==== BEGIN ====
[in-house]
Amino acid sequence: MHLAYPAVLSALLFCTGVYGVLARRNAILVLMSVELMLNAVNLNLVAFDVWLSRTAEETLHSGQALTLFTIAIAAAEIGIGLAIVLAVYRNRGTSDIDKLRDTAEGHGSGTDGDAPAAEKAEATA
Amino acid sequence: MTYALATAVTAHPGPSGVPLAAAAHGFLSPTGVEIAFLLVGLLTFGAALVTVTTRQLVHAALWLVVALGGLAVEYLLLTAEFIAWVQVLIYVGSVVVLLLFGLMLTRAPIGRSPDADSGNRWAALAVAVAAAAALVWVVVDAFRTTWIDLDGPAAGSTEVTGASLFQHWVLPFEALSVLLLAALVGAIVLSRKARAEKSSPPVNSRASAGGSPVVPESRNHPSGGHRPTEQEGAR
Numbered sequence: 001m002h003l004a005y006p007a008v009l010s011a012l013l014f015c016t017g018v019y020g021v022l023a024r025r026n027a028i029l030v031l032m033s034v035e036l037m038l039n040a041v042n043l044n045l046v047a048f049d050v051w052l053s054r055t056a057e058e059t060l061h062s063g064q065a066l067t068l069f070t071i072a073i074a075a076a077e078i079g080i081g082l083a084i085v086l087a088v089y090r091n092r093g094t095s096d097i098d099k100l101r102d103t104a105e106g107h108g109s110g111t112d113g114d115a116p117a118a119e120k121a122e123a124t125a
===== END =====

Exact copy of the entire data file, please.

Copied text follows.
[in-house]
Amino acid sequence: MHLAYPAVLSALLFCTGVYGVLARRNAILVLMSVELMLNAVNLNLVAFDVWLSRTAEETLHSGQALTLFTIAIAAAEIGIGLAIVLAVYRNRGTSDIDKLRDTAEGHGSGTDGDAPAAEKAEATA
Amino acid sequence: MTYALATAVTAHPGPSGVPLAAAAHGFLSPTGVEIAFLLVGLLTFGAALVTVTTRQLVHAALWLVVALGGLAVEYLLLTAEFIAWVQVLIYVGSVVVLLLFGLMLTRAPIGRSPDADSGNRWAALAVAVAAAAALVWVVVDAFRTTWIDLDGPAAGSTEVTGASLFQHWVLPFEALSVLLLAALVGAIVLSRKARAEKSSPPVNSRASAGGSPVVPESRNHPSGGHRPTEQEGAR
Numbered sequence: 001m002h003l004a005y006p007a008v009l010s011a012l013l014f015c016t017g018v019y020g021v022l023a024r025r026n027a028i029l030v031l032m033s034v035e036l037m038l039n040a041v042n043l044n045l046v047a048f049d050v051w052l053s054r055t056a057e058e059t060l061h062s063g064q065a066l067t068l069f070t071i072a073i074a075a076a077e078i079g080i081g082l083a084i085v086l087a088v089y090r091n092r093g094t095s096d097i098d099k100l101r102d103t104a105e106g107h108g109s110g111t112d113g114d115a116p117a118a119e120k121a122e123a124t125a